Brexit, Remainers and Labour — A call for unity.


Professor Paul Bernal on why he thinks Britain needs both a left-wing Labour government and a way to either stop Brexit or get a less damaging Brexit that accepts freedom of movement.



At the risk of being attacked from all sides, here are a few short words on Brexit and the Labour Party.

One thing I can see is that, in general, both sides of the argument have their hearts in the right place. Both want something positive in left-wing terms.

The Labour people advocating Remain, don’t do so to protect their privilege, they don’t do so from ivory towers and to try to stop a genuine left wing government. Very much the opposite. They do so because they think Brexit makes a left wing government’s life much harder.

For most, it is a genuine concern that Brexit will harm exactly the people and institutions that Labour should protect. It will harm the NHS, cripple social care, raise food prices (which hit the poor the hardest) and so forth. It will make it much harder to reverse austerity. So, please, those on the left who oppose the Remainers, don’t assume it is about selfishness and wanting to avoid a socialist government. It really isn’t.

Conversely, however, those on the Remain side of the argument shouldn’t assume that they have the monopoly of ‘virtue’.

Those who don’t think that Brexit is the biggest issue — that we need to focus on austerity, on the NHS, on housing, etc. and stop obsessing over Brexit, have a big point too. We do need to address all of that, and we haven’t shown much sign of doing so for decades (or more).

So, if you oppose Brexit (and I certainly do) you shouldn’t dismiss the other argument — and you should show willingness to make the real changes that are needed. Understand how previous governments — including Labour governments — have really screwed things up in many ways.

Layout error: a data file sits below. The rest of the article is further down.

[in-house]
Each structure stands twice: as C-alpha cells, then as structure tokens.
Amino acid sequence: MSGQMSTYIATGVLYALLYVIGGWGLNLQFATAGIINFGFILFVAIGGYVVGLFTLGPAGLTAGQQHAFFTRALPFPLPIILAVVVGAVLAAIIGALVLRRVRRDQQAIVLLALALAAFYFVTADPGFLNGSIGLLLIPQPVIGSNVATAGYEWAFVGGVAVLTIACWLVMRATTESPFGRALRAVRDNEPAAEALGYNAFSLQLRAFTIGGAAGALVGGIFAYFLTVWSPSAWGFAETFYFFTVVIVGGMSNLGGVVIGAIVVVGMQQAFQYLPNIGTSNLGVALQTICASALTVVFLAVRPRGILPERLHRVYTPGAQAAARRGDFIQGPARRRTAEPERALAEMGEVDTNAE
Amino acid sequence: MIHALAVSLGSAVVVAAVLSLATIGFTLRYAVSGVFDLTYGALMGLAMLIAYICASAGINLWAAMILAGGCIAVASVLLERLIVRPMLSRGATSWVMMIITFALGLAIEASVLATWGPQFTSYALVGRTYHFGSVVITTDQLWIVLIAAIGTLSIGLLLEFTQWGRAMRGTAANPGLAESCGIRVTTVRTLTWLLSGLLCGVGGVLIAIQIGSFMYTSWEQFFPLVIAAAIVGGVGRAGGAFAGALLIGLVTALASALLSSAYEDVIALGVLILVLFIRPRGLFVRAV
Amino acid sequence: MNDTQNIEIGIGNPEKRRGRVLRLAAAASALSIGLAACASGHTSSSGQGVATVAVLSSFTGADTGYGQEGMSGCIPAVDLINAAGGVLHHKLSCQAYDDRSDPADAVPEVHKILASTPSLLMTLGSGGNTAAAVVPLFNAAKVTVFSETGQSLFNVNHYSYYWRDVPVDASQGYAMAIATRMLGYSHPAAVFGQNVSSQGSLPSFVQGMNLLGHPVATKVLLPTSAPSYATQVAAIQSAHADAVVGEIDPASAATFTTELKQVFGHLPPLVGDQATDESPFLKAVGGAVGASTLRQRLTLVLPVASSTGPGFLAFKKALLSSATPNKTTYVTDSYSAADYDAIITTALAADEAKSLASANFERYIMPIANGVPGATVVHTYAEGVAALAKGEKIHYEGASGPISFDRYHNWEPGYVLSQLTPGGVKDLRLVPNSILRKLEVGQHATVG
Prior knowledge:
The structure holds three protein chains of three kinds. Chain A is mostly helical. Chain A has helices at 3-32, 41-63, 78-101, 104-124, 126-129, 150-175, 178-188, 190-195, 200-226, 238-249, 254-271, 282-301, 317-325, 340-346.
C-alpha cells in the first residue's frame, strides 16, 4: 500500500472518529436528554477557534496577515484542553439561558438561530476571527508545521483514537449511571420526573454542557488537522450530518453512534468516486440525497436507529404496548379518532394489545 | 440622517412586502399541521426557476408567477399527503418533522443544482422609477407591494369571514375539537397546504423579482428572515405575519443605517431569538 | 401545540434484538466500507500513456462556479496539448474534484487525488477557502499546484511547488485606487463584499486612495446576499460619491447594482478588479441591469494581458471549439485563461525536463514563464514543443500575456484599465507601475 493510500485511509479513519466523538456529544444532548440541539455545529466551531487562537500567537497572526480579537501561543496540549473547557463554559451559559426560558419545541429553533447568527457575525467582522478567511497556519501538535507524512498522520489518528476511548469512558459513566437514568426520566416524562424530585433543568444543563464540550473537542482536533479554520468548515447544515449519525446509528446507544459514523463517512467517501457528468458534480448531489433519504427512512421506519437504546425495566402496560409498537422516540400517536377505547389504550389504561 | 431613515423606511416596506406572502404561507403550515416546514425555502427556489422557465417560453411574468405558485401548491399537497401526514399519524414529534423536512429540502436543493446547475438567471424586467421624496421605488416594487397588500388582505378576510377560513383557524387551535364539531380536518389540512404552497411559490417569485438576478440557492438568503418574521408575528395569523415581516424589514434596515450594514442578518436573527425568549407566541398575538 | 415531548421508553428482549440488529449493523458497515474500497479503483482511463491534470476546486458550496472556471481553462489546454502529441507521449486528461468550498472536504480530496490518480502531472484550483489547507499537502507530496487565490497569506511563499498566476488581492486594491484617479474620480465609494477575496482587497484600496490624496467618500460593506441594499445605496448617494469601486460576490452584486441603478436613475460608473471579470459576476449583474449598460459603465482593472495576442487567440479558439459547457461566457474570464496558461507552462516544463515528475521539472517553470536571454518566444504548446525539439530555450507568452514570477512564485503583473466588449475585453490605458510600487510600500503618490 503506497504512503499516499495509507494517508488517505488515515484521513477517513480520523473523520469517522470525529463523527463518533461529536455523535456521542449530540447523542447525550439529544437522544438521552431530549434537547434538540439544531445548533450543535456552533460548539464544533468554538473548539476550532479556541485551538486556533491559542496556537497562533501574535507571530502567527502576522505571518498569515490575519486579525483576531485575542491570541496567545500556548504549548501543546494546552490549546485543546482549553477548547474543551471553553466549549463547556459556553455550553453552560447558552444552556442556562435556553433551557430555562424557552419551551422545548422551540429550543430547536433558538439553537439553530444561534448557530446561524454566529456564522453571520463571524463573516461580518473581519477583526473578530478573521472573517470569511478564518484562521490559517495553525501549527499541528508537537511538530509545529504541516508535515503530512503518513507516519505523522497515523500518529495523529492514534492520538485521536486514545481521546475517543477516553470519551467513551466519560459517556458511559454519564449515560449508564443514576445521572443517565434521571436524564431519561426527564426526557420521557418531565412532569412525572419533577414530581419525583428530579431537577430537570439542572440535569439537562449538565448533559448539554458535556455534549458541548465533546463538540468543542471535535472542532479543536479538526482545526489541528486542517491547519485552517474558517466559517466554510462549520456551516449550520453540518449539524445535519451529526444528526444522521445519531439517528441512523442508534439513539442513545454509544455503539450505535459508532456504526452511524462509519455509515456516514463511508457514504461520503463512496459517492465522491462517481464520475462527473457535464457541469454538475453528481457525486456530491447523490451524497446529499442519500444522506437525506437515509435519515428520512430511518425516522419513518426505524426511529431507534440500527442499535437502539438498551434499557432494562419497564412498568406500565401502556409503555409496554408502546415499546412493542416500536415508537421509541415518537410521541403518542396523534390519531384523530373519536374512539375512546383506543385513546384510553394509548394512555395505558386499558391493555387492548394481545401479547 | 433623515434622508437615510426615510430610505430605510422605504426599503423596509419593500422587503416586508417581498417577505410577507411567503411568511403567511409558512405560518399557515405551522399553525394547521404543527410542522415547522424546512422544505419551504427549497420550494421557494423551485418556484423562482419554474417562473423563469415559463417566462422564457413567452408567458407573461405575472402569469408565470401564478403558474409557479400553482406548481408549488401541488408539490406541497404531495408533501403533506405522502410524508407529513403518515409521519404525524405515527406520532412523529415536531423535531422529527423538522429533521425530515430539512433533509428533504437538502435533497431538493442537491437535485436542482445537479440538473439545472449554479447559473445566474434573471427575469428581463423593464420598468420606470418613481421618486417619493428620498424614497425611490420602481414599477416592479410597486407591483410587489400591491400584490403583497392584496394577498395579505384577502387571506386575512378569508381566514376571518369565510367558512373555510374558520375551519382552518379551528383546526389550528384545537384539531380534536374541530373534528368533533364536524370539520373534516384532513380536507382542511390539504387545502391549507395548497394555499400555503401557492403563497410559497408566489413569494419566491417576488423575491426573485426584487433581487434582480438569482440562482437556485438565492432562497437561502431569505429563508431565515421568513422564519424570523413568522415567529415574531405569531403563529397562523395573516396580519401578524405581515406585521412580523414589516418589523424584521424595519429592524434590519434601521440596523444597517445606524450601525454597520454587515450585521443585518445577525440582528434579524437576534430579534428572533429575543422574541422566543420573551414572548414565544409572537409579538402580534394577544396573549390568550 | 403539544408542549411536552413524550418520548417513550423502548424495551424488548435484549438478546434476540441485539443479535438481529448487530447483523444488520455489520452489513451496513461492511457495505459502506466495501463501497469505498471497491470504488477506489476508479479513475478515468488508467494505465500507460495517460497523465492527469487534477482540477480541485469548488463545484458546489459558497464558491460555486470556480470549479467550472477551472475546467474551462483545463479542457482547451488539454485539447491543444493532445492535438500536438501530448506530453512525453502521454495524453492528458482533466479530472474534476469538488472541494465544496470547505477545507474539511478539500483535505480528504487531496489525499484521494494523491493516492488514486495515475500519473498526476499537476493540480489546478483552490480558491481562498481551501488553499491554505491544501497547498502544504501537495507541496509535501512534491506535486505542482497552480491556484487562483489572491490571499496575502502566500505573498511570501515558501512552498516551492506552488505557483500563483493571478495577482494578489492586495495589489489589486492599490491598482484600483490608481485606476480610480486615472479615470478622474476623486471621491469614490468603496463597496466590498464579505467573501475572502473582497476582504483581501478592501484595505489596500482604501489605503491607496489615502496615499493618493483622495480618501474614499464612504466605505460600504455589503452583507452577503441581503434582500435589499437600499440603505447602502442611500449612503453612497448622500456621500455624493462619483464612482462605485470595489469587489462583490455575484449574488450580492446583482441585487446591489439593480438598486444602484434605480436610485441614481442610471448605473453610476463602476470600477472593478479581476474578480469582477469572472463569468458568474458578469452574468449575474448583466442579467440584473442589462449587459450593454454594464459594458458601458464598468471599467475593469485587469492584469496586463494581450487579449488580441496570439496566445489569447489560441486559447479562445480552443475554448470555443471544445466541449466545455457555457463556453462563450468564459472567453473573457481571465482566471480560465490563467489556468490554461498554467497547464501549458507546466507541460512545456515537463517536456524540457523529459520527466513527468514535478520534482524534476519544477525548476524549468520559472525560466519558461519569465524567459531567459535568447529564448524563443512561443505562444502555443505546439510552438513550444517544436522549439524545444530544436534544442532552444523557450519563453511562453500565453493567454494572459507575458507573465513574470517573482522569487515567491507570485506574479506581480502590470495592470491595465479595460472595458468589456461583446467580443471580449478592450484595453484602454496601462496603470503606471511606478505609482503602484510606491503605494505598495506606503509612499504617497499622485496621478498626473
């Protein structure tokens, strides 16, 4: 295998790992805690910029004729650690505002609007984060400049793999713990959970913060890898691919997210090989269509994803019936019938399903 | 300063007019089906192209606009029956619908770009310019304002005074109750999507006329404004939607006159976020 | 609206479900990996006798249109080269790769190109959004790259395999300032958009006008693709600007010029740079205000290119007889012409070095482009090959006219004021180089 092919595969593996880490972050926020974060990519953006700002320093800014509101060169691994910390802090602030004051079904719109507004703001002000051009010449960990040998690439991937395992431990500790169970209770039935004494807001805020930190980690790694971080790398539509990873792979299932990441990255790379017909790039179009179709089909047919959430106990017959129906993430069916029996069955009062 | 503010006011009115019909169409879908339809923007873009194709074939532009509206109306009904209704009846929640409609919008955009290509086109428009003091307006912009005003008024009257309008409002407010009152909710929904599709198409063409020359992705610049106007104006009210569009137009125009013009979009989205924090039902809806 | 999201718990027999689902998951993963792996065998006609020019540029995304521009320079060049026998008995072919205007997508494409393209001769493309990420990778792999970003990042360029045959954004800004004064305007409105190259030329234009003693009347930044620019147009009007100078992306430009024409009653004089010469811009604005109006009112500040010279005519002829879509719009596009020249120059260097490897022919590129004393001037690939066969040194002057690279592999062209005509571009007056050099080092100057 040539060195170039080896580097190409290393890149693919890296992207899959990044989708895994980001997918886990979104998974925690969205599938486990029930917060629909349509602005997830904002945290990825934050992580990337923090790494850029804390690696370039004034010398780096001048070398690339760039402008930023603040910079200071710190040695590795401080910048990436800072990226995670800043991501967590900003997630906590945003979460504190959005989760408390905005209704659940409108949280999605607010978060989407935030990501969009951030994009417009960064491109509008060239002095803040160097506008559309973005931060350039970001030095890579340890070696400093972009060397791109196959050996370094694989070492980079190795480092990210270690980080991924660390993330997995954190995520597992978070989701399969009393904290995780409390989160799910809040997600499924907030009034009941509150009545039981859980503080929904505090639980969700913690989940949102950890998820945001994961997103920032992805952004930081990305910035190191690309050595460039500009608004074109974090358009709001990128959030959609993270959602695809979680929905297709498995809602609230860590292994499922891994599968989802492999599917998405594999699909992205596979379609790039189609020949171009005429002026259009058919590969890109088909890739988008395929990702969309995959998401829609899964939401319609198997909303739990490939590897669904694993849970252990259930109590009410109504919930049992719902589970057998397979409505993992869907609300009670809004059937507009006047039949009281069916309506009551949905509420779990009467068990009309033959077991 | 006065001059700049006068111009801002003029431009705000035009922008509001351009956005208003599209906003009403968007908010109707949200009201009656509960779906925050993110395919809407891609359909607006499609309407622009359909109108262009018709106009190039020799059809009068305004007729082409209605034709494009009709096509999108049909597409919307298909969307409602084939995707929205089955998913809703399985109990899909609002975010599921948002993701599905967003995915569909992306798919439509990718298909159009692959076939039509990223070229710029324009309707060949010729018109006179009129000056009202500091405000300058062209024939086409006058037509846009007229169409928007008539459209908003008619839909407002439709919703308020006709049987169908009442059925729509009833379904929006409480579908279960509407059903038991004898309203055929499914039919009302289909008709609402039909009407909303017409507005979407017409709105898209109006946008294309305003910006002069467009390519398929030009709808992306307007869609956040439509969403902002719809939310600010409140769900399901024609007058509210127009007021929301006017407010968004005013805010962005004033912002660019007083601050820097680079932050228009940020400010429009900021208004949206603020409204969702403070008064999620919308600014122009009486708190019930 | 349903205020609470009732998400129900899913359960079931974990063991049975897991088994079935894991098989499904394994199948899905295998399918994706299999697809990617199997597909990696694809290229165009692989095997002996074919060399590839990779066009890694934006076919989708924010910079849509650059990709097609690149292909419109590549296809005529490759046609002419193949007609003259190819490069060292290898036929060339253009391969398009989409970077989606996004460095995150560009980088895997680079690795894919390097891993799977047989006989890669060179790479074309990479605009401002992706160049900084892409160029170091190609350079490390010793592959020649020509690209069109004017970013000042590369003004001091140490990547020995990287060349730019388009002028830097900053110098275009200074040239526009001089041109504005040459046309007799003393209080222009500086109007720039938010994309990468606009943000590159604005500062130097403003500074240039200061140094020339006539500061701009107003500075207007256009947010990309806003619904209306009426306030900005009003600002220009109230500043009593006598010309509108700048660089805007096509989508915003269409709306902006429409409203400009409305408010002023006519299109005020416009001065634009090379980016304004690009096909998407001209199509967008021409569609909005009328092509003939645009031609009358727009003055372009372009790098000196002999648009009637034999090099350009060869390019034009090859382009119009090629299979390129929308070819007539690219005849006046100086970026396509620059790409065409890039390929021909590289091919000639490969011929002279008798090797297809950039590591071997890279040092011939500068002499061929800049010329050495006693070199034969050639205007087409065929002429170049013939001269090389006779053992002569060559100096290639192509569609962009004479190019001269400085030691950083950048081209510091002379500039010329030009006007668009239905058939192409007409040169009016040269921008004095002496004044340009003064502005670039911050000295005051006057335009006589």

And understand that a radical change really is needed. If it looks as though all you want to do is to go back to how things were before the referendum, then there is not much more to be said. It wasn’t a good position — it was bloody awful for many, many millions of people.

And that means that thing like saying we should all vote Lib Dem — whilst the Lib Dems still don’t acknowledge that the coalition was an absolute disaster in terms of austerity in particular — is no help at all. It is being in as much of a state of denial as those who think that there is such a thing as a ‘jobs first Brexit’.

Going back to how things were is only good for those for whom the old situation was good, and for many millions it wasn’t. You may say ‘it can get worse’ (and I have, too many times) and be right, but that is no answer.

From my personal perspective, we need both a left-wing Labour government and a way to either stop Brexit or get a Brexit that is genuinely less damaging — one that accepts freedom of movement in particular. One without the other won’t do.

But I know others hold different perspectives, and though I think they are wrong (I wouldn’t hold my own position if I didn’t believe it!), I don’t doubt their sincerity and commitment to achieving something good (for the most part, at least).

All this does is make the current rancour and arguments harder. There are some, of course, for whom this is not true, but not that many. On Twitter, in particular, most of the people on the left that I know are decent, honest and genuinely trying to do what they see as the right things.

It is sad that this often causes so much anger.🔷



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(This piece was first published as a Twitter thread and turned into the above article, with the author’s conscent, with the purpose of reaching a larger audience. It has been minorly edited and corrected.)


(Cover: Pixabay.)


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UEA Law Senior Lecturer in Information Technology, Intellectual Property and Media Law. Writes about privacy, human rights, politics and the internet…
Cambridge & Norwich, UK. Website

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